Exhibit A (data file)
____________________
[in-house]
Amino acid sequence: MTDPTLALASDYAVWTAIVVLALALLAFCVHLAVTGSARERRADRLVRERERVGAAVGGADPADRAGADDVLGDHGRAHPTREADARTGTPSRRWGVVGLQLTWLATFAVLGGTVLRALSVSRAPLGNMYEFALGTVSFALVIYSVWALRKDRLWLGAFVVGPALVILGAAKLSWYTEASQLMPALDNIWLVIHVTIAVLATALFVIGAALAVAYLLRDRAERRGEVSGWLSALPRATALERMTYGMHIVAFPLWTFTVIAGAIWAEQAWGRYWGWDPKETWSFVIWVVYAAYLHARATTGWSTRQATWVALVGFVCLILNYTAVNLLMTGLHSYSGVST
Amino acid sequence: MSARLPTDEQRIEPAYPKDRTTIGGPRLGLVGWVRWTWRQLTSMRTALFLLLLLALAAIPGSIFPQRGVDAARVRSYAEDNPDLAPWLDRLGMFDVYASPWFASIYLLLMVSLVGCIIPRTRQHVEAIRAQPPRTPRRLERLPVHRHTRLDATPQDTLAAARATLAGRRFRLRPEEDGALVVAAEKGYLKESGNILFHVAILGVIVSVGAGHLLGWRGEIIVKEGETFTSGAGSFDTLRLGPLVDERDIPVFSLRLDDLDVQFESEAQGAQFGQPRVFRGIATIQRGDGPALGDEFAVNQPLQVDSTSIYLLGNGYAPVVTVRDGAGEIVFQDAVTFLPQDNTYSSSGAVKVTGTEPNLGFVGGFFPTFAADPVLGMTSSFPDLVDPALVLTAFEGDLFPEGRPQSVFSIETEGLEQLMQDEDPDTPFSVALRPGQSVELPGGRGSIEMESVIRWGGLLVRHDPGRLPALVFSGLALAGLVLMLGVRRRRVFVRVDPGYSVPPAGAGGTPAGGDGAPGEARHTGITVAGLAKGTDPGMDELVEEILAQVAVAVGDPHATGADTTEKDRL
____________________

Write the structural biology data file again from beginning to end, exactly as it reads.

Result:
[in-house]
Amino acid sequence: MTDPTLALASDYAVWTAIVVLALALLAFCVHLAVTGSARERRADRLVRERERVGAAVGGADPADRAGADDVLGDHGRAHPTREADARTGTPSRRWGVVGLQLTWLATFAVLGGTVLRALSVSRAPLGNMYEFALGTVSFALVIYSVWALRKDRLWLGAFVVGPALVILGAAKLSWYTEASQLMPALDNIWLVIHVTIAVLATALFVIGAALAVAYLLRDRAERRGEVSGWLSALPRATALERMTYGMHIVAFPLWTFTVIAGAIWAEQAWGRYWGWDPKETWSFVIWVVYAAYLHARATTGWSTRQATWVALVGFVCLILNYTAVNLLMTGLHSYSGVST
Amino acid sequence: MSARLPTDEQRIEPAYPKDRTTIGGPRLGLVGWVRWTWRQLTSMRTALFLLLLLALAAIPGSIFPQRGVDAARVRSYAEDNPDLAPWLDRLGMFDVYASPWFASIYLLLMVSLVGCIIPRTRQHVEAIRAQPPRTPRRLERLPVHRHTRLDATPQDTLAAARATLAGRRFRLRPEEDGALVVAAEKGYLKESGNILFHVAILGVIVSVGAGHLLGWRGEIIVKEGETFTSGAGSFDTLRLGPLVDERDIPVFSLRLDDLDVQFESEAQGAQFGQPRVFRGIATIQRGDGPALGDEFAVNQPLQVDSTSIYLLGNGYAPVVTVRDGAGEIVFQDAVTFLPQDNTYSSSGAVKVTGTEPNLGFVGGFFPTFAADPVLGMTSSFPDLVDPALVLTAFEGDLFPEGRPQSVFSIETEGLEQLMQDEDPDTPFSVALRPGQSVELPGGRGSIEMESVIRWGGLLVRHDPGRLPALVFSGLALAGLVLMLGVRRRRVFVRVDPGYSVPPAGAGGTPAGGDGAPGEARHTGITVAGLAKGTDPGMDELVEEILAQVAVAVGDPHATGADTTEKDRL